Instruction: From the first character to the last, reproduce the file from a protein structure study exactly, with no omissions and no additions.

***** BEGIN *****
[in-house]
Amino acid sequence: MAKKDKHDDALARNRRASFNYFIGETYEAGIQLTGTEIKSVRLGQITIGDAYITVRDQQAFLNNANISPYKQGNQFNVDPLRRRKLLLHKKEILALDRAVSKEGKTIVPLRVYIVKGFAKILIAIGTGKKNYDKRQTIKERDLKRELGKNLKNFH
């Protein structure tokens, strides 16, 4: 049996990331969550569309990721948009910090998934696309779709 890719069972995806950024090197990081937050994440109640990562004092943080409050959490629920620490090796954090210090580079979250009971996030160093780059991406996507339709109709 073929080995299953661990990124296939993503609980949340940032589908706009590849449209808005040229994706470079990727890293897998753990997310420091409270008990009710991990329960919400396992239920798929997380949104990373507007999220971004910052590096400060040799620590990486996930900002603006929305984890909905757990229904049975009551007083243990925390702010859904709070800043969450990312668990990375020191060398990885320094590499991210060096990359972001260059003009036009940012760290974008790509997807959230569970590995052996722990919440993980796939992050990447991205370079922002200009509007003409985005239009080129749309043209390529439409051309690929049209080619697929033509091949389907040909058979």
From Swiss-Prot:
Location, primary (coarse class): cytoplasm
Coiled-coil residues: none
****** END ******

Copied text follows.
[in-house]
Amino acid sequence: MAKKDKHDDALARNRRASFNYFIGETYEAGIQLTGTEIKSVRLGQITIGDAYITVRDQQAFLNNANISPYKQGNQFNVDPLRRRKLLLHKKEILALDRAVSKEGKTIVPLRVYIVKGFAKILIAIGTGKKNYDKRQTIKERDLKRELGKNLKNFH
């Protein structure tokens, strides 16, 4: 049996990331969550569309990721948009910090998934696309779709 890719069972995806950024090197990081937050994440109640990562004092943080409050959490629920620490090796954090210090580079979250009971996030160093780059991406996507339709109709 073929080995299953661990990124296939993503609980949340940032589908706009590849449209808005040229994706470079990727890293897998753990997310420091409270008990009710991990329960919400396992239920798929997380949104990373507007999220971004910052590096400060040799620590990486996930900002603006929305984890909905757990229904049975009551007083243990925390702010859904709070800043969450990312668990990375020191060398990885320094590499991210060096990359972001260059003009036009940012760290974008790509997807959230569970590995052996722990919440993980796939992050990447991205370079922002200009509007003409985005239009080129749309043209390529439409051309690929049209080619697929033509091949389907040909058979």
From Swiss-Prot:
Location, primary (coarse class): cytoplasm
Coiled-coil residues: none